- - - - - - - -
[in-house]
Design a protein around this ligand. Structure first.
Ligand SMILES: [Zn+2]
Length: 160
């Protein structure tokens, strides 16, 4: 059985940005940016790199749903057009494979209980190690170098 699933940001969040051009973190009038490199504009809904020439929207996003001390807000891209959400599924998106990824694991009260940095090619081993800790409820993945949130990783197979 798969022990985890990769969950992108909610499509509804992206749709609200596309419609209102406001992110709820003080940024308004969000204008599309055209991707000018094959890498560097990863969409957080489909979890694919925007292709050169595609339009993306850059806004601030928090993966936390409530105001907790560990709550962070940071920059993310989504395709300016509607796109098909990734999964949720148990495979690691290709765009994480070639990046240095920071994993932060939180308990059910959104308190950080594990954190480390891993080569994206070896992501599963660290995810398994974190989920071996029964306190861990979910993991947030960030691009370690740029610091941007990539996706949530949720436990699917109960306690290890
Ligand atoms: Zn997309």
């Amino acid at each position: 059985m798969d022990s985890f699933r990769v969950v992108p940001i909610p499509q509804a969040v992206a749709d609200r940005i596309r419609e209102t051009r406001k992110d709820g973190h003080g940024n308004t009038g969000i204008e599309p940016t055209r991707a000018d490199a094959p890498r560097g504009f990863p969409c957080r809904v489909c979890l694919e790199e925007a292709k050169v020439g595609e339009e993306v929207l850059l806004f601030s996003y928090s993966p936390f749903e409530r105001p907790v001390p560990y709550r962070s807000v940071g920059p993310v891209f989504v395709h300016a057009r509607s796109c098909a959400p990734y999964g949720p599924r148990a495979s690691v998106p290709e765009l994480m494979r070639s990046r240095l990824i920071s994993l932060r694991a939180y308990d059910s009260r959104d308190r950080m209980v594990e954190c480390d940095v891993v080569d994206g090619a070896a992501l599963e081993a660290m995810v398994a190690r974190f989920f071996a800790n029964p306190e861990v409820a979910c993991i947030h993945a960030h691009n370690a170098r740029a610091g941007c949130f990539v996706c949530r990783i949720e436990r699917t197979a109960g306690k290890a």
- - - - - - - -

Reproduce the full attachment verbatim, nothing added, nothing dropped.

[in-house]
Design a protein around this ligand. Structure first.
Ligand SMILES: [Zn+2]
Length: 160
């Protein structure tokens, strides 16, 4: 059985940005940016790199749903057009494979209980190690170098 699933940001969040051009973190009038490199504009809904020439929207996003001390807000891209959400599924998106990824694991009260940095090619081993800790409820993945949130990783197979 798969022990985890990769969950992108909610499509509804992206749709609200596309419609209102406001992110709820003080940024308004969000204008599309055209991707000018094959890498560097990863969409957080489909979890694919925007292709050169595609339009993306850059806004601030928090993966936390409530105001907790560990709550962070940071920059993310989504395709300016509607796109098909990734999964949720148990495979690691290709765009994480070639990046240095920071994993932060939180308990059910959104308190950080594990954190480390891993080569994206070896992501599963660290995810398994974190989920071996029964306190861990979910993991947030960030691009370690740029610091941007990539996706949530949720436990699917109960306690290890
Ligand atoms: Zn997309």
């Amino acid at each position: 059985m798969d022990s985890f699933r990769v969950v992108p940001i909610p499509q509804a969040v992206a749709d609200r940005i596309r419609e209102t051009r406001k992110d709820g973190h003080g940024n308004t009038g969000i204008e599309p940016t055209r991707a000018d490199a094959p890498r560097g504009f990863p969409c957080r809904v489909c979890l694919e790199e925007a292709k050169v020439g595609e339009e993306v929207l850059l806004f601030s996003y928090s993966p936390f749903e409530r105001p907790v001390p560990y709550r962070s807000v940071g920059p993310v891209f989504v395709h300016a057009r509607s796109c098909a959400p990734y999964g949720p599924r148990a495979s690691v998106p290709e765009l994480m494979r070639s990046r240095l990824i920071s994993l932060r694991a939180y308990d059910s009260r959104d308190r950080m209980v594990e954190c480390d940095v891993v080569d994206g090619a070896a992501l599963e081993a660290m995810v398994a190690r974190f989920f071996a800790n029964p306190e861990v409820a979910c993991i947030h993945a960030h691009n370690a170098r740029a610091g941007c949130f990539v996706c949530r990783i949720e436990r699917t197979a109960g306690k290890a």